By Keith D. King
Major League Baseball legend Ken Griffey Sr. had a career that most aspiring baseball players dream of. He played 18 seasons in the Majors, had three All-Star appearances, won two World Series titles, and was inducted into the Cincinnati Reds Hall of Fame. Griffey Sr. biggest victory may not be what he accomplished on the field, but off. After being diagnosed with Prostate Cancer and winning the battle, Griffey Sr. is now helping to bring awareness to the disease through a campaign titled “Men Who Speak Up”. He was in San Diego this past weekend speaking at a Prostate Cancer seminar.
“I’m now a 12 year cancer survivor,” said Griffey Sr. “I was diagnosed with Prostate Cancer, but I was lucky enough for the Cancer to be found at an early stage. I loss four uncles to Prostate Cancer, so growing up my mother always stressed the importance of getting checked when me and my brothers became age appropriate. With the Men Who Speak up campaign we are focusing on informing men of the advanced stages of Prostate Cancer, and encouraging more men to have an open dialogue with their Doctors about symptoms of Prostate Cancer.”
The rate of Prostate Cancer continues to rise for men, especially African-American men. African-American men are 1.6 times more likely to get Prostate Cancer, and more than twice as likely to die from it. Through the campaign, Griffey Sr. hopes to help more men understand the severity of the disease and to become more comfortable speaking about it.
“If you think about a lot of men that has or had Prostate Cancer, it’s a tough subject for any man to speak about. Most men have a problem speaking on personal issues, especially when it pertains to anywhere below the belt. I had a few friends that I played golf with for many years and I did not know that they were living with Prostate Cancer until I spoke out about my diagnosis, and they finally told me. This is why I feel the Men Who Speak up campaign is so important.”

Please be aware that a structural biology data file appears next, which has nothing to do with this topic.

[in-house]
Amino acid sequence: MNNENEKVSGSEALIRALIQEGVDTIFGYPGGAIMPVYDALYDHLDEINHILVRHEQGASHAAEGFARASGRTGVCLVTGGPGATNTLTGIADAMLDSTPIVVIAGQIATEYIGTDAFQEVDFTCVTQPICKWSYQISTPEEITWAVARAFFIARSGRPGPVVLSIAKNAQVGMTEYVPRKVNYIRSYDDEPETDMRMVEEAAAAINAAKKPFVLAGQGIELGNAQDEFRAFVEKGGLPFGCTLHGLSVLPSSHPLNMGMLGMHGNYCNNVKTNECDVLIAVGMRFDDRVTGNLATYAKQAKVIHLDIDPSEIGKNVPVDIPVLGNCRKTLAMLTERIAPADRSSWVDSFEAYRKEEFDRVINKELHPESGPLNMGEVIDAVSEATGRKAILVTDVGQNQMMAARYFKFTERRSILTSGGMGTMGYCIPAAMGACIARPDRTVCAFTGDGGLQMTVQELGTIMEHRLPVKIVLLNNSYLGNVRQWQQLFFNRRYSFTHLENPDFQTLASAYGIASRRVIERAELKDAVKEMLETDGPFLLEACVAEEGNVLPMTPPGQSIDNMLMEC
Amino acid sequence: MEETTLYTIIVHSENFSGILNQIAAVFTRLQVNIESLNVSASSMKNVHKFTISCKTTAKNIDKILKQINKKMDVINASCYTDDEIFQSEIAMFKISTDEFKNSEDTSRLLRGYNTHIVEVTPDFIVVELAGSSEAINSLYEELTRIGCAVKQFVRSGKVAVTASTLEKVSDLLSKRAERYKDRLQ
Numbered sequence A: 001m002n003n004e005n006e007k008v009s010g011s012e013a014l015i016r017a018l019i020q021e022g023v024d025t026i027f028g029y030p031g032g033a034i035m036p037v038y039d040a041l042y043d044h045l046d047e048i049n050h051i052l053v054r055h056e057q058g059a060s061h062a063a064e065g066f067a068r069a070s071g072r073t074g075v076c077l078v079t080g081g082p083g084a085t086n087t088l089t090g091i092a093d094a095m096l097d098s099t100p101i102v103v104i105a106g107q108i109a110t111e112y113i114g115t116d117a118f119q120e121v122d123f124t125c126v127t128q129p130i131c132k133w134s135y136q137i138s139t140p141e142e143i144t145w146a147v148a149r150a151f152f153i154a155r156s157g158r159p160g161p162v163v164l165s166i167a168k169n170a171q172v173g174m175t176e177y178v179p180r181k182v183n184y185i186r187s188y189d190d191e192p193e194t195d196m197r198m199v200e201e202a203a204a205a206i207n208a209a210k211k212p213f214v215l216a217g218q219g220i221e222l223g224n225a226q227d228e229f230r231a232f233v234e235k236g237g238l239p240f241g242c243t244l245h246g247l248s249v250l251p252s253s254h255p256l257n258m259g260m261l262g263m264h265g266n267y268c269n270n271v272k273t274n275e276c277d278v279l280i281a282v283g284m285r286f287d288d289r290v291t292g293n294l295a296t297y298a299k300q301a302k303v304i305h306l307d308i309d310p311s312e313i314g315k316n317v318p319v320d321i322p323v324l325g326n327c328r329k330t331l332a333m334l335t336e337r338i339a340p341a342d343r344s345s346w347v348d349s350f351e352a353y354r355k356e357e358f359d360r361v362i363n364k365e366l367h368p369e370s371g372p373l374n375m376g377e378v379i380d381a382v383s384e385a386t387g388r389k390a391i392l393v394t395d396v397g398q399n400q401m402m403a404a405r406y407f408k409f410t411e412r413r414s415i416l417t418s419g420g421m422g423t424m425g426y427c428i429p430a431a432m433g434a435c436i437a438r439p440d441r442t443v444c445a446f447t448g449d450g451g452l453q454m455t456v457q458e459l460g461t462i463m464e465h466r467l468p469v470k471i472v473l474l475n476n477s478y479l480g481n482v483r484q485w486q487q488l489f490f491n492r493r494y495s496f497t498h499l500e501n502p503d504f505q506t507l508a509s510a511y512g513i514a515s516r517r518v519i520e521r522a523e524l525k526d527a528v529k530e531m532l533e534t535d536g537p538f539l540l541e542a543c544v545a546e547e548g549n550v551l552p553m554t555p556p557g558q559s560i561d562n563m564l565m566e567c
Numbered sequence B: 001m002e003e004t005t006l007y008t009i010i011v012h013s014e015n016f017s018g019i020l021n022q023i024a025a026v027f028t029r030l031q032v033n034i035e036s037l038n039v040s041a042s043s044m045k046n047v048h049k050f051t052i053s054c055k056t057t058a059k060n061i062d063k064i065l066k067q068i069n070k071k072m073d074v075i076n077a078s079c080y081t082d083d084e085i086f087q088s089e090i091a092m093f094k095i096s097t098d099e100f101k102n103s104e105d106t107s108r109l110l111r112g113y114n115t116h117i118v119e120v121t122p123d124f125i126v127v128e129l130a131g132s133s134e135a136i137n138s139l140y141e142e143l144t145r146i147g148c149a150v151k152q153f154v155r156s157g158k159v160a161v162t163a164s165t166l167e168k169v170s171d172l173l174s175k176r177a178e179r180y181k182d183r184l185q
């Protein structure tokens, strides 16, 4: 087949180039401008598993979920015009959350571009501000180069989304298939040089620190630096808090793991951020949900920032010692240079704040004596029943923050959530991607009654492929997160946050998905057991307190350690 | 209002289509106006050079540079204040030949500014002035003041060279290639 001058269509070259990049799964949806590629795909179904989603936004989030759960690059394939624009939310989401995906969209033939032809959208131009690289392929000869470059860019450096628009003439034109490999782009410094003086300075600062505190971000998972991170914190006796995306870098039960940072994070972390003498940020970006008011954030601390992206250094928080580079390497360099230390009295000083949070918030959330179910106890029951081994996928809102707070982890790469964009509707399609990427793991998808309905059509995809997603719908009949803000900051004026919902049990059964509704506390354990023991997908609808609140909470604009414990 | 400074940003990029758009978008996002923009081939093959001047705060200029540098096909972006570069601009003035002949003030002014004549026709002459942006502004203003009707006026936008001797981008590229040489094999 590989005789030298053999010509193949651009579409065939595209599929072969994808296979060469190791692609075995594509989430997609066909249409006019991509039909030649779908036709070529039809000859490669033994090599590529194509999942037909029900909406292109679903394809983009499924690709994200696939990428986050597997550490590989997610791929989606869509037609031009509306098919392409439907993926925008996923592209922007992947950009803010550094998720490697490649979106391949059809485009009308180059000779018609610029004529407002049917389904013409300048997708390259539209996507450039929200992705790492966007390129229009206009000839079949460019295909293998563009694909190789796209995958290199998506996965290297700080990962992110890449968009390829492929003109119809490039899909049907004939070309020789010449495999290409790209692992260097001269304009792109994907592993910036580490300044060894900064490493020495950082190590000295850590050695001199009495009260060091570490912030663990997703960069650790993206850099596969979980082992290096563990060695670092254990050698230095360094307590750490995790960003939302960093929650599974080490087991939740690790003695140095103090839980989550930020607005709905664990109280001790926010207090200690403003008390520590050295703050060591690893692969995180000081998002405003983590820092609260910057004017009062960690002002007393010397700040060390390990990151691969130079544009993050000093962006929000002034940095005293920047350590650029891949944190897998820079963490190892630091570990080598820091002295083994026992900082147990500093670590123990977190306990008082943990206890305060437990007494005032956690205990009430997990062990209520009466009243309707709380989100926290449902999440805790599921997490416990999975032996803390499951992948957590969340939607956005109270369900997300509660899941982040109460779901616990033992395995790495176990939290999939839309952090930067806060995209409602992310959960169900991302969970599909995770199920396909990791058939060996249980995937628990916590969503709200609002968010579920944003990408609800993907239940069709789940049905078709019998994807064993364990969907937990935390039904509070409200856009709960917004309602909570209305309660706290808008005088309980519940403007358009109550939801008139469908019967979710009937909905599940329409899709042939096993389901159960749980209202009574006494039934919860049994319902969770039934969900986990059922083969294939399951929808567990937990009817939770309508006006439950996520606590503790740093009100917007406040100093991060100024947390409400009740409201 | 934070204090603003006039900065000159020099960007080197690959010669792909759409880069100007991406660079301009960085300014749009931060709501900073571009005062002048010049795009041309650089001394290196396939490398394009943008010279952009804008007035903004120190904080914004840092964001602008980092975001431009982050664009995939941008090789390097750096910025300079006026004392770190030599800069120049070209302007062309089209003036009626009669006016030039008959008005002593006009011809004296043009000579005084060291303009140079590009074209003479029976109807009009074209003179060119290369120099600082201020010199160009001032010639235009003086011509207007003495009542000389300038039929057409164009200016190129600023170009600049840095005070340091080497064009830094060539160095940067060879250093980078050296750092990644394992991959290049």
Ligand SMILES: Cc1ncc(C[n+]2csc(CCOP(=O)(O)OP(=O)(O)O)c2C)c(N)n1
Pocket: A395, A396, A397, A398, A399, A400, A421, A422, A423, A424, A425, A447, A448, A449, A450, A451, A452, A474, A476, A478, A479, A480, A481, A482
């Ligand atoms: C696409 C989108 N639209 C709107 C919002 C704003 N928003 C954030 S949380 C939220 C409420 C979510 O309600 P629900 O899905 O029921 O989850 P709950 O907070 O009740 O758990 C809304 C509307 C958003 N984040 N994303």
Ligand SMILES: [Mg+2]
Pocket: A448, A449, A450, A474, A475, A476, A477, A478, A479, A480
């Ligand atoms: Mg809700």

Griffey Sr. also spoke on the current state of baseball and the fact that over the last 20-30 years there has been a steady decline in young African-Americans playing baseball. A study conducted by the Society of American Baseball Research showed that in the 1980’s about 19% of players in MLB were African-American, that number is now 8.5%.
“It’s just the times that we live in now. In baseball you can get drafted and have to wait three or four years before you make it to a Major League roster. In Basketball or football you can get drafted and make $10-15 million in your first four years. Kids see that and they take that route. I was in the Minor Leagues for years before I was called up like most players. Every once in a while you have players that are the exception like my son Ken, but in baseball it’s just usually a process that I think a lot of young kids aren’t willing to go through anymore.”
In terms of the exception, his son Ken Griffey Jr. was nothing short of that. Arguably one of the best players of all time, Griffey Jr. was inducted into the Baseball Hall Of Fame last year with a record 99.3% vote.
“I can’t express how proud of Ken I am. I remember flying and driving all over the country to make sure I was there when he hit his number 500th home run, then I did the same for number 600. Every Time he hit a milestone, he knew that he could look up in the stands and I was there somewhere. It was absolutely a joy to see him inducted into the Hall of Fame.”
Visit menwhospeakup.com for more information on how to get involved.